Author Topic: No for none  (Read 10979 times)

Miss Mae

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No for none
« on: July 14, 2018, 01:50:06 PM »
I heard an artist in a Filipino soap opera answered "no" when she had really meant "none" to a question raised by her fellow artist in the televised serial
the other day. I would have just shrugged that off but then I remember another incident like that involving a politician and a newscaster weeks ago. Can something still be done so that users of English would not confuse "no" for "none" anymore, Sir?

Joe Carillo

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Re: No for none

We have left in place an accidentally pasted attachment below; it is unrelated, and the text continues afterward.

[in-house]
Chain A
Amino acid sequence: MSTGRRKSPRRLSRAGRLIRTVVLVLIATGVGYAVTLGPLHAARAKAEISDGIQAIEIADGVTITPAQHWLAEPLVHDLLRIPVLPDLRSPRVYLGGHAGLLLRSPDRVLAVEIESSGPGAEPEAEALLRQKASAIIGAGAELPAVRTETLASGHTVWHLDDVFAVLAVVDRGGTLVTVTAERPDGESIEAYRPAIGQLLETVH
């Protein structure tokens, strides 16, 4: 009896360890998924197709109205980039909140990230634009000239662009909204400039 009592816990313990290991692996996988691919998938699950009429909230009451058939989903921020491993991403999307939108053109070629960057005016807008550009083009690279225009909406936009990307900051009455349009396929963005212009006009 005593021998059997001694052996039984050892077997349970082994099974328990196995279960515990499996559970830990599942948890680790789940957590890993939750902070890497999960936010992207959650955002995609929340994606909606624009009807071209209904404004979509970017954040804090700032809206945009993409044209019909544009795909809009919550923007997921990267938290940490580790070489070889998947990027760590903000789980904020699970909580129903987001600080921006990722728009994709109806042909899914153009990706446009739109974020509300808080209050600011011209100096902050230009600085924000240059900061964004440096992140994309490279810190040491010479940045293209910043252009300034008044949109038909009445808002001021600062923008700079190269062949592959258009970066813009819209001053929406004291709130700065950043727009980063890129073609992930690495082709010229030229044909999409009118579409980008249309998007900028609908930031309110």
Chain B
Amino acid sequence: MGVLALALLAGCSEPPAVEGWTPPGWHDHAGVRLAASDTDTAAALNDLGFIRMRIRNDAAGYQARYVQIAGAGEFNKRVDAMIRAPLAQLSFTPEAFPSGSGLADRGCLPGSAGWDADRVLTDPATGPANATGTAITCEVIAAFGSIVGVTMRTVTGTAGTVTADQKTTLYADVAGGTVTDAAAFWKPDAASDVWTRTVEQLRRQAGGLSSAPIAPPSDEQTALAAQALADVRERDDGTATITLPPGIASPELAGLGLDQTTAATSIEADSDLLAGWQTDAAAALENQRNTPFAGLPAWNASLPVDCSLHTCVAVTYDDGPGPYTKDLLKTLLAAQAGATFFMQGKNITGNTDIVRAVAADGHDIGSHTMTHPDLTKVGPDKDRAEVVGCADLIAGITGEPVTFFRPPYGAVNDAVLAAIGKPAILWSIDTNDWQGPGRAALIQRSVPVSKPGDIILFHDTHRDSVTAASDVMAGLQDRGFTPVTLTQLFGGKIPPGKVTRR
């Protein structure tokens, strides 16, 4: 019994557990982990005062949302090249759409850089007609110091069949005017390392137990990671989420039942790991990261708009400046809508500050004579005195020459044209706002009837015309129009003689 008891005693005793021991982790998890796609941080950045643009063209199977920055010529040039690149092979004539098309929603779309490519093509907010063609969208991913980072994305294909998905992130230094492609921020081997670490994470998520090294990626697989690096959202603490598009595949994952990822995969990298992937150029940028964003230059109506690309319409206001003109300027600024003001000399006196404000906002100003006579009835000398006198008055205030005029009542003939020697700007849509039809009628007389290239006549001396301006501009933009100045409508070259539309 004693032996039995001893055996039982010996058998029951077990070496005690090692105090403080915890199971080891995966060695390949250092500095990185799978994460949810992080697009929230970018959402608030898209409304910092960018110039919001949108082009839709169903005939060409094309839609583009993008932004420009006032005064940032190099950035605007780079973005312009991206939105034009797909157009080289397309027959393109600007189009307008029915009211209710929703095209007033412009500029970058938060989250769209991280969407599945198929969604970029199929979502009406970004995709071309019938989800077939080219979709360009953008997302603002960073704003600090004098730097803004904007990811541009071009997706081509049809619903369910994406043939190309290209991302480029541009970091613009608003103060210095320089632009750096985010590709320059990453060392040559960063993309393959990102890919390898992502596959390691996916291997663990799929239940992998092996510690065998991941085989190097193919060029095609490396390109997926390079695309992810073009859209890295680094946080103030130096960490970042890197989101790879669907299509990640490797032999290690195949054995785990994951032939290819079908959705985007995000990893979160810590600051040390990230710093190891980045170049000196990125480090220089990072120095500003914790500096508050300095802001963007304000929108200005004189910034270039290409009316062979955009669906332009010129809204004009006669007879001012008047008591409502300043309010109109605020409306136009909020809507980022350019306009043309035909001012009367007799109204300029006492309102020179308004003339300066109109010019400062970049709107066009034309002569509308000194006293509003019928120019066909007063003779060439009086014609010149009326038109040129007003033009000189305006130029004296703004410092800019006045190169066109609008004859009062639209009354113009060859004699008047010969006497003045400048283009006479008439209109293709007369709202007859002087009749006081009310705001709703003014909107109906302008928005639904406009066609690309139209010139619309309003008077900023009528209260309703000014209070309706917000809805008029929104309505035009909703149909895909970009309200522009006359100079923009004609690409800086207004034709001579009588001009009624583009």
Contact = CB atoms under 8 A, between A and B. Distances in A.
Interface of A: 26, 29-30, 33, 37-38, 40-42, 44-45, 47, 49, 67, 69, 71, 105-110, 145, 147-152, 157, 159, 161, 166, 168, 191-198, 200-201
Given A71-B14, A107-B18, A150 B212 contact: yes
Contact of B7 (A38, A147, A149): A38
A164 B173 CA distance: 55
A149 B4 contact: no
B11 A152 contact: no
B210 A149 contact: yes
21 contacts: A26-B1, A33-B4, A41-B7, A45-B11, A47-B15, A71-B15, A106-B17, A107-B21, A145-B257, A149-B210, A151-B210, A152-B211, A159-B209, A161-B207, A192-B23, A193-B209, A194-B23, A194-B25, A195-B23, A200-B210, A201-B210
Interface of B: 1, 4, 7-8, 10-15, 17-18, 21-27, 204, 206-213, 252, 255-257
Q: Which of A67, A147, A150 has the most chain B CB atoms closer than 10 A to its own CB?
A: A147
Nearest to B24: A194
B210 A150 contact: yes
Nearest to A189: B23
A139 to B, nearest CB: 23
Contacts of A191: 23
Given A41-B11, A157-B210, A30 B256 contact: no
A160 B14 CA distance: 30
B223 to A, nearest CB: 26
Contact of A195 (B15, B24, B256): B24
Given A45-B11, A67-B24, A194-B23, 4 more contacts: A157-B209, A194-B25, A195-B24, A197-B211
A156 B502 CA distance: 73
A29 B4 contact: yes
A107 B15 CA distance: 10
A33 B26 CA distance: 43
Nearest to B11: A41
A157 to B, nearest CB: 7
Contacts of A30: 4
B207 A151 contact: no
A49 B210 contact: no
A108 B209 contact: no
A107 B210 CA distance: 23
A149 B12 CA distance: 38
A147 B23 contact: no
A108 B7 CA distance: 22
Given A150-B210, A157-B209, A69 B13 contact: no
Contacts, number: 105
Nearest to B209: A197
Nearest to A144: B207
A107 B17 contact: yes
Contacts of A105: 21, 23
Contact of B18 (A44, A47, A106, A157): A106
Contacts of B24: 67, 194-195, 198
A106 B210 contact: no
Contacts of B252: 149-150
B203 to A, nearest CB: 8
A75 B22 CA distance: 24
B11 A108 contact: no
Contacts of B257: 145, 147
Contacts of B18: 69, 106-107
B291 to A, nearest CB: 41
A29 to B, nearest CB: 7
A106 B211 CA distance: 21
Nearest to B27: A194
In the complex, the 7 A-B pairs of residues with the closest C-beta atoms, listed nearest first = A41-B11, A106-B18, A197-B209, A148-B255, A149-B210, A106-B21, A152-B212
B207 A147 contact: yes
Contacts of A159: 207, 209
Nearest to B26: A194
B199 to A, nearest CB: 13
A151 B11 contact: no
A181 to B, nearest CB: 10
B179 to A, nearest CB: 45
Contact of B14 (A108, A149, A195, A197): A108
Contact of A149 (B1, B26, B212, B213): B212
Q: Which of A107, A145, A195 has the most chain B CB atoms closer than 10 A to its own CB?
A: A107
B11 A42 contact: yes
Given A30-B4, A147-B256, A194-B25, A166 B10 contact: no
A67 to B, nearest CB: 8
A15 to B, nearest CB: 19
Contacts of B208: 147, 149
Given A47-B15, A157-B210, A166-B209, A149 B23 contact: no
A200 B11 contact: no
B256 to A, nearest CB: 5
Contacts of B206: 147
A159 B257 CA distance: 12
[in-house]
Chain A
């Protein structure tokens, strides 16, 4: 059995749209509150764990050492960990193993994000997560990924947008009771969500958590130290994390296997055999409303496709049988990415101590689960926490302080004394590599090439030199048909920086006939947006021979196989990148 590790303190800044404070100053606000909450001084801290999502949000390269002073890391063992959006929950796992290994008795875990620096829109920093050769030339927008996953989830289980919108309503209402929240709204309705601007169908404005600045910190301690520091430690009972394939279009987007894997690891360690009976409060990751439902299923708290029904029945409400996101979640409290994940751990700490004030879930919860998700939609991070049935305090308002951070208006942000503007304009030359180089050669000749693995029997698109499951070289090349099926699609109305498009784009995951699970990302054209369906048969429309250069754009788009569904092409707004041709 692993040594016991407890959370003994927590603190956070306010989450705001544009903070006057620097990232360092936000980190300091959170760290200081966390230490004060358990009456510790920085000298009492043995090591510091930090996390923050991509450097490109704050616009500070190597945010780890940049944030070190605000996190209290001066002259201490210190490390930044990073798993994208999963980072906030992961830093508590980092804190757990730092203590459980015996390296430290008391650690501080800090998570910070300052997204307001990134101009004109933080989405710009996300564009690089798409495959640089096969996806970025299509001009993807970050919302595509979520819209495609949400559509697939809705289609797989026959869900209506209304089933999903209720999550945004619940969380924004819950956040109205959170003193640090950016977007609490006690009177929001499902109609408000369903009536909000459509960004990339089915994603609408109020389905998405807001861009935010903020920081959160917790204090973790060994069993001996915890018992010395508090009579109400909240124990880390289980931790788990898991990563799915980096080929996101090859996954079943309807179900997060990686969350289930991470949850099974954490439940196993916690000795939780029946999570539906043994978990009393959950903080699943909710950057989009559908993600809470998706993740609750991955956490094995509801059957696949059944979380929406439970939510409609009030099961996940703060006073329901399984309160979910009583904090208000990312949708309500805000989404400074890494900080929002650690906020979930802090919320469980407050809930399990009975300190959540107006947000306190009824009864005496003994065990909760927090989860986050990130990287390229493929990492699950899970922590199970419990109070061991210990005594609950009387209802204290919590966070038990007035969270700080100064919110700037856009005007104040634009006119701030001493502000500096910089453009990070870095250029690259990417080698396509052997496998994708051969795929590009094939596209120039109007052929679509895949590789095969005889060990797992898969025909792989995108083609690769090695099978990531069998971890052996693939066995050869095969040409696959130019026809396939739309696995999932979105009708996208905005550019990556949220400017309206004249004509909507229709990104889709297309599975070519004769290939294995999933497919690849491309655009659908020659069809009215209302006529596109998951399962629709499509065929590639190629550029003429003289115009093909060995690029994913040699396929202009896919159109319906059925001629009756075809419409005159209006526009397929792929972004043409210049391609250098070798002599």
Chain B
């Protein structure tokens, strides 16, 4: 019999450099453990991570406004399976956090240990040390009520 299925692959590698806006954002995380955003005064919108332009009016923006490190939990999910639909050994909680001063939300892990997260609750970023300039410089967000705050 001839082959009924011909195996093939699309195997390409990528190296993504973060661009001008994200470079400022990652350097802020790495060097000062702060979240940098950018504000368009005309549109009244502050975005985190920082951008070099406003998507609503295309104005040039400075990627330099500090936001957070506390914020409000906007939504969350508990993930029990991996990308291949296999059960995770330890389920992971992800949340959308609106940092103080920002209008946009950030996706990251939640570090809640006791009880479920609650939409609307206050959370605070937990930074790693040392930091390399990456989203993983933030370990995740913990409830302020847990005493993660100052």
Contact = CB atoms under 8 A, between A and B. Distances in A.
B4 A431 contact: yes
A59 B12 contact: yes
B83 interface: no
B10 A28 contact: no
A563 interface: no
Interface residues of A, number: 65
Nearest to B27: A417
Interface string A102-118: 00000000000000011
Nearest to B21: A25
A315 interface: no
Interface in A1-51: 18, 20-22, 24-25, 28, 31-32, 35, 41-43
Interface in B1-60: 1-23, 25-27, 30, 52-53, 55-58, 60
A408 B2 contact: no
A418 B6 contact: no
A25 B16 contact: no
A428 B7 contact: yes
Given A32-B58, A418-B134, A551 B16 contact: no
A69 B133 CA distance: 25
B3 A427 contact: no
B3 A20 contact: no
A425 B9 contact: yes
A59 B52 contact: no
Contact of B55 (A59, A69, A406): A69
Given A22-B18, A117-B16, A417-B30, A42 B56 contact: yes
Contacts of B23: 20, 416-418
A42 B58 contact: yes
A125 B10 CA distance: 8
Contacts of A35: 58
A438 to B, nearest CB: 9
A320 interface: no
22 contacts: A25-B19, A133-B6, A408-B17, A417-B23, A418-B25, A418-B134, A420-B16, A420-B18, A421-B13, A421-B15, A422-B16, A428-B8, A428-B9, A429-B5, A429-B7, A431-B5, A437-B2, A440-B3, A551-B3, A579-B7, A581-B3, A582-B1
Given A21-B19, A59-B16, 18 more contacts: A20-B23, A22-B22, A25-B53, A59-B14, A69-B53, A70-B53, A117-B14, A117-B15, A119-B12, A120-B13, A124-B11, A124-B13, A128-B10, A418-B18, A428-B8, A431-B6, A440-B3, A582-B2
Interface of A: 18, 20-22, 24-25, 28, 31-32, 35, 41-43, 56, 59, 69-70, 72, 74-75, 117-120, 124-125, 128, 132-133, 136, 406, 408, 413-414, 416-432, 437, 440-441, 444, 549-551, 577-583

« Reply #1 on: July 21, 2018, 06:42:05 PM »
Sorry for overlooking this question of yours, Miss Mae. I was overly tied up with an extremely urgent editing project.

Can "no" be used for "none"? It really depends on how the question is formed, structured, or enunciated. for instance, if the question is "Did anyone come to visit yesterday?", the answer could be "No, sir", "None, sir", or "No one, sir" and I think all of them would be acceptable. The idiom can vary from place and there's really no point in insisting on "none" when it has already been accepted by the group or community to alternatively use "no" or "no one" for those situations.

« Last Edit: July 28, 2018, 05:21:33 PM by Joe Carillo »

Miss Mae

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Re: No for none
« Reply #2 on: July 28, 2018, 01:19:09 PM »
I see. I just thought that being able to discern such simple differences may help non-native English users to appreciate the language more.